A long time ago in . . . well, near Cowbridge actually, I worked at a place known as the Jane Hodge Holiday Home, or to give it it’s full charity status title; the South Wales Holiday Home for Physically Handicapped Children, a bit of a mouthful I think you’ll agree. The concept was simple, to give kids with disabilities a good time and also to allow parents to have a well-earned break from their sometimes difficult offspring. Occasionally we would also take in youngsters who might have been socially or educationally disadvantaged and not necessarily with a physical disability and these youngsters would be accepted for a twelve-day break along with others of mixed abilities.

Mary and Joseph and baby Jesus in the stableOn the last intake period of 1971 before the Christmas holiday, we admitted an unusually high number of the aforementioned youngsters and had our hands full as being more ambulant they kept us busy with their high spirits and mischief. It was a spur of the moment idea to attempt to arrange a nativity style Christmas evening with this group and in a short time-span did our best to provide an evening of carols and readings to an invited audience, mostly villagers or friends and relatives of the staff. After many hours of training and rehearsing over a frantic couple of days, at last we were ready for the show.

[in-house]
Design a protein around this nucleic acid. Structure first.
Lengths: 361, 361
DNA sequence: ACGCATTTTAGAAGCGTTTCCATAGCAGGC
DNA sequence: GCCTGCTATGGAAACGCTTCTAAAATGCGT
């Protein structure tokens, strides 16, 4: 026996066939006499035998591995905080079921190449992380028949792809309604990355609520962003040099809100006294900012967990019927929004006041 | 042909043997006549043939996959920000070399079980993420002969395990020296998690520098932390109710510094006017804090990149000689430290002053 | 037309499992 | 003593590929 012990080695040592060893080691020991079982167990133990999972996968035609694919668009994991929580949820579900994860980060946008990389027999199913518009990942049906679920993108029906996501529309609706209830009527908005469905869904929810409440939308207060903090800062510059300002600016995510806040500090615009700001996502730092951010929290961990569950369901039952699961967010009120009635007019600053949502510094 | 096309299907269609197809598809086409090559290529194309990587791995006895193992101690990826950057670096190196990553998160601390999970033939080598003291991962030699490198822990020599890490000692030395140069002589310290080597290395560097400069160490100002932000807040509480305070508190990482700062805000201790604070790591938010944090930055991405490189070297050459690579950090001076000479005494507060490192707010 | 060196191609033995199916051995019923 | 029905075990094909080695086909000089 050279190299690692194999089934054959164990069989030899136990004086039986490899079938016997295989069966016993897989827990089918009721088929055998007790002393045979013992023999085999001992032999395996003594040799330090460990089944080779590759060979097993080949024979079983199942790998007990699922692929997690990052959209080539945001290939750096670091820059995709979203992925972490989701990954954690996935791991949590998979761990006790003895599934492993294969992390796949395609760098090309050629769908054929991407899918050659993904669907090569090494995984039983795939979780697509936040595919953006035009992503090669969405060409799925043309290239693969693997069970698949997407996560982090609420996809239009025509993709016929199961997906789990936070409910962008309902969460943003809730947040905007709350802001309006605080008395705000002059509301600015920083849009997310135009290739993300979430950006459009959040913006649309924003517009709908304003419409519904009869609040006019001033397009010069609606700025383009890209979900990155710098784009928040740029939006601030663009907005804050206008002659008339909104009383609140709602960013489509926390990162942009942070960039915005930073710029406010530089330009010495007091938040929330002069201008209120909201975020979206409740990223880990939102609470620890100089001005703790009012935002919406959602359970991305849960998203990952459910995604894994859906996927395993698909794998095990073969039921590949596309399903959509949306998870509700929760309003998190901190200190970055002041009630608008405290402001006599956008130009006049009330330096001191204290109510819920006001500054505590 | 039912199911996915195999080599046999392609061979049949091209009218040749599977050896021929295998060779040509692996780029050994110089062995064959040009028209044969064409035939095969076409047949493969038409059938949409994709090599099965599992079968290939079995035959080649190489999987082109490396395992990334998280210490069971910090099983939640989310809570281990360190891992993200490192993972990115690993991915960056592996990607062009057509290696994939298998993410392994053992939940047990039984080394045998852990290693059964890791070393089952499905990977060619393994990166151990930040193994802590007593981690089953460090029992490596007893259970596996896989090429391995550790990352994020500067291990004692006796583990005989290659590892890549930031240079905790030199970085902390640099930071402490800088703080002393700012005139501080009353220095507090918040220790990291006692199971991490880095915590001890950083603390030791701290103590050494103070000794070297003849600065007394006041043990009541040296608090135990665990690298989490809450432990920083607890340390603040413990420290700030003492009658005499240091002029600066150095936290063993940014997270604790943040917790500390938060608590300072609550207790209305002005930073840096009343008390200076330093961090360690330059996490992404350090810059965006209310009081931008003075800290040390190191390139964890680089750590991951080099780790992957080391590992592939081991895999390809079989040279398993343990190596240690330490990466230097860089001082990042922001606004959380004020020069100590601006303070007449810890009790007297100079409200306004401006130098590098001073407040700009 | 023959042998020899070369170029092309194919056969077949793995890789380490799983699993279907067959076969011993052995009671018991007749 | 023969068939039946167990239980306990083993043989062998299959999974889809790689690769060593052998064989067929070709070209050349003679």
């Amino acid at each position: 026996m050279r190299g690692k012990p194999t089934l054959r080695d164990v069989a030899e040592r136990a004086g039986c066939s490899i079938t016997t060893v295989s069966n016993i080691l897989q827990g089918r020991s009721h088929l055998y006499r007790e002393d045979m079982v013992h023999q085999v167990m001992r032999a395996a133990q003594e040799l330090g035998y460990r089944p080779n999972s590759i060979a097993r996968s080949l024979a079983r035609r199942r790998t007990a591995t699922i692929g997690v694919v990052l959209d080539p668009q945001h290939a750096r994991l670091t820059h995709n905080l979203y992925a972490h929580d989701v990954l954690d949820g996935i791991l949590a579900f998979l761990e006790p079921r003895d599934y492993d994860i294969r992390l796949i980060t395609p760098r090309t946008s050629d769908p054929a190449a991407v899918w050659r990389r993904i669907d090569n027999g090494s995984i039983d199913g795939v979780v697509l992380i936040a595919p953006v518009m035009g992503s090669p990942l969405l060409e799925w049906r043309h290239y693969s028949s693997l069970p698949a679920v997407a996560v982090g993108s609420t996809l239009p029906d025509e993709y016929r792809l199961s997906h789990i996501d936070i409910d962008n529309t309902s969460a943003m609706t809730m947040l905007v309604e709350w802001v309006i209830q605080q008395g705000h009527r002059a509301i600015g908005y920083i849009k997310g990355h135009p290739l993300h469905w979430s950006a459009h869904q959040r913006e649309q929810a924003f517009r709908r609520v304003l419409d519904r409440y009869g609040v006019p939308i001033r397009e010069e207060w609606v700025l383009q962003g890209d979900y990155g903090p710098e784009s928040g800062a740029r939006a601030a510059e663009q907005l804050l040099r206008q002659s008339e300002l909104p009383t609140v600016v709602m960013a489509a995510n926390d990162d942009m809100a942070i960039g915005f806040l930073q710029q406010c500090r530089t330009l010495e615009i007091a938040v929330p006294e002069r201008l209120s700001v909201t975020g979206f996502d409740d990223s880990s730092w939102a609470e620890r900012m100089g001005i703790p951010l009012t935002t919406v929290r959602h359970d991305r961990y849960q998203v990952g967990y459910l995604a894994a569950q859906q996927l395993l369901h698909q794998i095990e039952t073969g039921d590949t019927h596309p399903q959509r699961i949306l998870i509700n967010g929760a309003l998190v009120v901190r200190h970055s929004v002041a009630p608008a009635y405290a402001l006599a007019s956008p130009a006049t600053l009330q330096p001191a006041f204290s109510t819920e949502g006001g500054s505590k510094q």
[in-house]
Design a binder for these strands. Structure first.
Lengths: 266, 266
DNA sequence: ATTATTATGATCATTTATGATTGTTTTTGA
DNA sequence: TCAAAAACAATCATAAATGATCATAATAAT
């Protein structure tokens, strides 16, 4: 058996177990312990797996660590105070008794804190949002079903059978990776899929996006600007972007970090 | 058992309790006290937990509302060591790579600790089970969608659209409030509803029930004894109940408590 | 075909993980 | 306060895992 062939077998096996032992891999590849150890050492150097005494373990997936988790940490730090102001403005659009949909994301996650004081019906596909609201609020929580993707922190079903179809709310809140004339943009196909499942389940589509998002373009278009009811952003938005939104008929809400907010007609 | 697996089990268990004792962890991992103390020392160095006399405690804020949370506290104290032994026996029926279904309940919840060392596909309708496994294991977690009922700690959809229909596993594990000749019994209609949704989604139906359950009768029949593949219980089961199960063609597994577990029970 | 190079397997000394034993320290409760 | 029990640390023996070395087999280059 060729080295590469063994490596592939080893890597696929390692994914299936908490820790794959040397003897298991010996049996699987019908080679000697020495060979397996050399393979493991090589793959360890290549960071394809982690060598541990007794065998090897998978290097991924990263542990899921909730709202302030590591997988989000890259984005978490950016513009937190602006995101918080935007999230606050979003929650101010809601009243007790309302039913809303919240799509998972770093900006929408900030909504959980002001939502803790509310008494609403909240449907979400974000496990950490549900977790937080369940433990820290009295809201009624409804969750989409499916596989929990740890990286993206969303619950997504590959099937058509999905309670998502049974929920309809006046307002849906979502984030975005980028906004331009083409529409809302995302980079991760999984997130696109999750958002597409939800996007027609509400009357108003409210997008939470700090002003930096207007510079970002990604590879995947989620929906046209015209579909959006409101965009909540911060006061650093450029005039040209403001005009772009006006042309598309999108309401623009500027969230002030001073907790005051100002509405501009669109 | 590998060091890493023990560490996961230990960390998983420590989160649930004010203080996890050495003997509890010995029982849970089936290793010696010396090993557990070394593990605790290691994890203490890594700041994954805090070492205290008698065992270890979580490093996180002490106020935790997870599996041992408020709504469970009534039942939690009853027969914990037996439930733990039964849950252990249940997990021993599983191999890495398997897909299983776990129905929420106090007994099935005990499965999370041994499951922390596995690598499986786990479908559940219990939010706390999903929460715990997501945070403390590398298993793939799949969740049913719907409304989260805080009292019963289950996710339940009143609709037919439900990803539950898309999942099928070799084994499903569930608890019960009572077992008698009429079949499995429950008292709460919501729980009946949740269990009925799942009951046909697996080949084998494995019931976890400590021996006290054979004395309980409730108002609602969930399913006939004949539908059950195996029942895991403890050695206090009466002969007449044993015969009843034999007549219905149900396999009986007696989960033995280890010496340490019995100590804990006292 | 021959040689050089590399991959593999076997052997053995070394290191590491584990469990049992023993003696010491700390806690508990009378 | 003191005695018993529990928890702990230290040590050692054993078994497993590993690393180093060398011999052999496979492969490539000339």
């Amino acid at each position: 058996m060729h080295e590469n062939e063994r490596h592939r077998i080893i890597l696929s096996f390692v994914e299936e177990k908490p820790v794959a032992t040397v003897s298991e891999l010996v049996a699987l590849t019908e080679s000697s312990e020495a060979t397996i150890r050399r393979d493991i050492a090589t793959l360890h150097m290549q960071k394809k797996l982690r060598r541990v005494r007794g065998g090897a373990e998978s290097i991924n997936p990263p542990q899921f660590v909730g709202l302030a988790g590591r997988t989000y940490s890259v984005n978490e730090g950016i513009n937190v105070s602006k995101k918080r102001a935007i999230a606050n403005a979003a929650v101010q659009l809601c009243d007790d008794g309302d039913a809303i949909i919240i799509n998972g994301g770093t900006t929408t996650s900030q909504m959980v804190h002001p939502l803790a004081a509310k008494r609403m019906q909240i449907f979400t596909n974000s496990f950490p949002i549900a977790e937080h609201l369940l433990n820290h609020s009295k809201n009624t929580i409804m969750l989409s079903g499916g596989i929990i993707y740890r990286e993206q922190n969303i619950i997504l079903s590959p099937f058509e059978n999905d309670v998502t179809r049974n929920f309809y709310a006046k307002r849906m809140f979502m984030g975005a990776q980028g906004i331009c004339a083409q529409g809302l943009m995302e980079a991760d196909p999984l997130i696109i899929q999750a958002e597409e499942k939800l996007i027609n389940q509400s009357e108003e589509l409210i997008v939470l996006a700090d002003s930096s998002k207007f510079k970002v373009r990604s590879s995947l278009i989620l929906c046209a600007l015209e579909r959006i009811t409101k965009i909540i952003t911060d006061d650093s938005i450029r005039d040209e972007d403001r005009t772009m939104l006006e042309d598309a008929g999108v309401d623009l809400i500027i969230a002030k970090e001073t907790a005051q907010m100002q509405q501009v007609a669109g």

On the evening of the Nativity a local minister came in to lead the service and members of staff provided all the readings. The organist drafted in to play was my mother but for some strange reason I took over from her to accompany the kids singing Away in a Manger. The whole evening was recorded onto an audio cassette which remains in my possession and I have used the soundtrack of Away in a Manger to illustrate this tale; why I didn’t turn off that awful vibrato though I don’t know. In the second verse one of the boys was supposed to have been singing solo, but someone in the audience was joining in as well. This is probably the only recording existing on which I’m playing the organ, so sit back and . . . er, umm, be grateful perhaps?

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